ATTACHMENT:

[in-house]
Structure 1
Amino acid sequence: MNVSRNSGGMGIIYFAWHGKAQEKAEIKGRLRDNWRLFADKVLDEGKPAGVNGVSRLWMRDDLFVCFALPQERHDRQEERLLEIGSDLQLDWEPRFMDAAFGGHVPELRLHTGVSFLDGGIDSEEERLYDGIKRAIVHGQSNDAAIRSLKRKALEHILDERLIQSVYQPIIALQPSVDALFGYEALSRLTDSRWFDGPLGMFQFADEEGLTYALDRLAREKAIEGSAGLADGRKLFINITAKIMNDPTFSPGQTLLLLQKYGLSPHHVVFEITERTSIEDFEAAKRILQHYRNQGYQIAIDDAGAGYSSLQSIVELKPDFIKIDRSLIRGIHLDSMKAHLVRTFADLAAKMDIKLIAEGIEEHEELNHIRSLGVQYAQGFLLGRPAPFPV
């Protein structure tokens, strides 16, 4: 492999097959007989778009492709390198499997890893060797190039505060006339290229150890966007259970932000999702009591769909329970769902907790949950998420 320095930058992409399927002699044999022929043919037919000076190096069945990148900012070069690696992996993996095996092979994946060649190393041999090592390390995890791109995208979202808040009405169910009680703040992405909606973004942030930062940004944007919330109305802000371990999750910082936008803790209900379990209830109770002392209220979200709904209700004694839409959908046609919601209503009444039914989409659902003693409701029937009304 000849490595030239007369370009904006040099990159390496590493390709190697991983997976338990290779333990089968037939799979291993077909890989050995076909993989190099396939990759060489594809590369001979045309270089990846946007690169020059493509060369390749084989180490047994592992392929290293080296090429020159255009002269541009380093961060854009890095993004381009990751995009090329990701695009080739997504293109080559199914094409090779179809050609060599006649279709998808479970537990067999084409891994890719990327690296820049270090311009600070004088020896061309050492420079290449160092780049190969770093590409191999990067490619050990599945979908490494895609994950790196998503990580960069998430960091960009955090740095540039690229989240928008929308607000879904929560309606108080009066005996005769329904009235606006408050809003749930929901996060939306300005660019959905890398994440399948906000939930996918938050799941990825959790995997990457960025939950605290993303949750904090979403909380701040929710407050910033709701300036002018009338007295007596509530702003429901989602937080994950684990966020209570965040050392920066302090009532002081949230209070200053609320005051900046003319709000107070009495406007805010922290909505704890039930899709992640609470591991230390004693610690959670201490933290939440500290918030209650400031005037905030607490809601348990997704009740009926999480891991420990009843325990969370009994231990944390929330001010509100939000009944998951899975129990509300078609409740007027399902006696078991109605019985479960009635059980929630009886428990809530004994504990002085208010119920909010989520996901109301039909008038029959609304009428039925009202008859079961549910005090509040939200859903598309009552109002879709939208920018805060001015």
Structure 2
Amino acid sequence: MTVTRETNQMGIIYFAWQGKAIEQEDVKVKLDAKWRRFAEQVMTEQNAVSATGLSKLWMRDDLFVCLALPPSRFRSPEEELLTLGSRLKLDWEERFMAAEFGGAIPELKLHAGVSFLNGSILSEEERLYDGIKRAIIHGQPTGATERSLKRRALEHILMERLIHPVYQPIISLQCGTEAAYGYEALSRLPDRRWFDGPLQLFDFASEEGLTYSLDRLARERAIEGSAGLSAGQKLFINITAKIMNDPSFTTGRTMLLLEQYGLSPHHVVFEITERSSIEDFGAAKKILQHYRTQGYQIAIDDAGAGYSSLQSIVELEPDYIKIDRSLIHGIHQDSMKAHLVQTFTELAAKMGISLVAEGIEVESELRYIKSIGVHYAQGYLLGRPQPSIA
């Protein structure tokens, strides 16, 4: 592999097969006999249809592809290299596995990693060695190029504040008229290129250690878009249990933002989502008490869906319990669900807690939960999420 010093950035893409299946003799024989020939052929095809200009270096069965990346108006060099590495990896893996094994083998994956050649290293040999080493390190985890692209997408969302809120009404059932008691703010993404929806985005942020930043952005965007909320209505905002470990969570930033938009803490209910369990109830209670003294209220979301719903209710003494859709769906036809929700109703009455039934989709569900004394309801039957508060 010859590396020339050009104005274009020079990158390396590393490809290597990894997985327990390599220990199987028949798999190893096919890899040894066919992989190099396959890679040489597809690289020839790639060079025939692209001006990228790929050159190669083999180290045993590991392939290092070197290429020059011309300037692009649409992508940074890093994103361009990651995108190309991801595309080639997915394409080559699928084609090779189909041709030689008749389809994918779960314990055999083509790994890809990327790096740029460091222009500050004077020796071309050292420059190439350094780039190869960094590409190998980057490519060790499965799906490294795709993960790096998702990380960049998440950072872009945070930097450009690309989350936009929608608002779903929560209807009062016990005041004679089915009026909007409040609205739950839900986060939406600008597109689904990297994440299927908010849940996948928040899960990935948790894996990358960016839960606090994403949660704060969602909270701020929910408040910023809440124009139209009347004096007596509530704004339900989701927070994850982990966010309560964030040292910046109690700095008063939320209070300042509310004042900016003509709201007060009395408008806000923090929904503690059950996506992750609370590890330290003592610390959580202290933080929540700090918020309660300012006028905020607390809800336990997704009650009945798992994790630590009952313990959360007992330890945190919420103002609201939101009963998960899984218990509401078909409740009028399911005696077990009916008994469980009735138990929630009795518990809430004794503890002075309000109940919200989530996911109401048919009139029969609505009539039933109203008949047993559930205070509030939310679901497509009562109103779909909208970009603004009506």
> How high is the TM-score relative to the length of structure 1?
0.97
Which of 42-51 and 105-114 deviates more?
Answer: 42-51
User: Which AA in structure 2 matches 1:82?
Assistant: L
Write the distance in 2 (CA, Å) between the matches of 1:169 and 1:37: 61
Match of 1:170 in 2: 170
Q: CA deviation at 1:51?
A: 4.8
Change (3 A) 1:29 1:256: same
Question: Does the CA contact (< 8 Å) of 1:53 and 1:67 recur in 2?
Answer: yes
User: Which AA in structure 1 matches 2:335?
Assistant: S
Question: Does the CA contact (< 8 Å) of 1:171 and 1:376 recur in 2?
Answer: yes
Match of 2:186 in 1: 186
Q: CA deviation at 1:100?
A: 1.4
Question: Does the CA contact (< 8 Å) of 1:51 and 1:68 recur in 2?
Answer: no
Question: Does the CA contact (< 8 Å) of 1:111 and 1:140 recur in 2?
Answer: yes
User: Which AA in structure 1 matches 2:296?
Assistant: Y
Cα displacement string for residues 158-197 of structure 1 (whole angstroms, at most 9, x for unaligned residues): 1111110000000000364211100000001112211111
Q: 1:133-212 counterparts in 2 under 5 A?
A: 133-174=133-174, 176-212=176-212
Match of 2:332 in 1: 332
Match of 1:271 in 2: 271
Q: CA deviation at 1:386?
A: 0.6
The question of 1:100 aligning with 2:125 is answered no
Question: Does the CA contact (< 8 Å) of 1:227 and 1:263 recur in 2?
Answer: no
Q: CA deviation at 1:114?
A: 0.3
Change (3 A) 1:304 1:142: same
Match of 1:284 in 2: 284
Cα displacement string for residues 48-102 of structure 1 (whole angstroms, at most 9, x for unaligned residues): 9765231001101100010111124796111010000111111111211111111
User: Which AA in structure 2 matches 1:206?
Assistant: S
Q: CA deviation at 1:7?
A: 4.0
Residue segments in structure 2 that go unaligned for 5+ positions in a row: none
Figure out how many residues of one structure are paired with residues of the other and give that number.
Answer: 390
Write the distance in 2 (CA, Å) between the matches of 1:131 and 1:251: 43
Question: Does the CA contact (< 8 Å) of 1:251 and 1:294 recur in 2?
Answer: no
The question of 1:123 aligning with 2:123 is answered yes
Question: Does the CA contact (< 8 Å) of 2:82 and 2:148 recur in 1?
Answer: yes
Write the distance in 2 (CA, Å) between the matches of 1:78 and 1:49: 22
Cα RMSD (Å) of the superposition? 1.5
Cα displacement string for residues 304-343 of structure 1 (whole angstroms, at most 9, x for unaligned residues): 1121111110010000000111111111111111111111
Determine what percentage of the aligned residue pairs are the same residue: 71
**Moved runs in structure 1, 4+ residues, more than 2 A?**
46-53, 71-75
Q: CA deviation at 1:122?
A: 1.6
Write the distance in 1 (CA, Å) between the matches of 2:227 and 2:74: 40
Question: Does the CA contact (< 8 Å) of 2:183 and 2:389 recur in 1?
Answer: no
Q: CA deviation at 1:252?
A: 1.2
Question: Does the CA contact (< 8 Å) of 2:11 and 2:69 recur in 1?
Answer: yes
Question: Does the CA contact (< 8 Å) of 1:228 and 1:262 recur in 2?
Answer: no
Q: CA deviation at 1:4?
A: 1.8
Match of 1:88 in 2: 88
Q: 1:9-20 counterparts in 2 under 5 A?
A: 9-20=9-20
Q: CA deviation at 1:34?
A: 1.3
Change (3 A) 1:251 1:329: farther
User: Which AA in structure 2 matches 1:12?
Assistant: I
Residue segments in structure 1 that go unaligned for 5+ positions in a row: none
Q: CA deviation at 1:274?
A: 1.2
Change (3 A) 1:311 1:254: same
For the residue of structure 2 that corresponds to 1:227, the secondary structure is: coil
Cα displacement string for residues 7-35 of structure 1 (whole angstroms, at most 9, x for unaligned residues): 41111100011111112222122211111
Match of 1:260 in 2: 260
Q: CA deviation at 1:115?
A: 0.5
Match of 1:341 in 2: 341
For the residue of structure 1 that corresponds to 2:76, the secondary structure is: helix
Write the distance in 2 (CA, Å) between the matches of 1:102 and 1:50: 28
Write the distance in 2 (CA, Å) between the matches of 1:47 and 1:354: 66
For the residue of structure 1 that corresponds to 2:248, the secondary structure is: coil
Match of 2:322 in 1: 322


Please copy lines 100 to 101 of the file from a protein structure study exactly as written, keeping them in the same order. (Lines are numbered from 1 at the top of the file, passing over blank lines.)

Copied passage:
Write the distance in 2 (CA, Å) between the matches of 1:102 and 1:50: 28
Write the distance in 2 (CA, Å) between the matches of 1:47 and 1:354: 66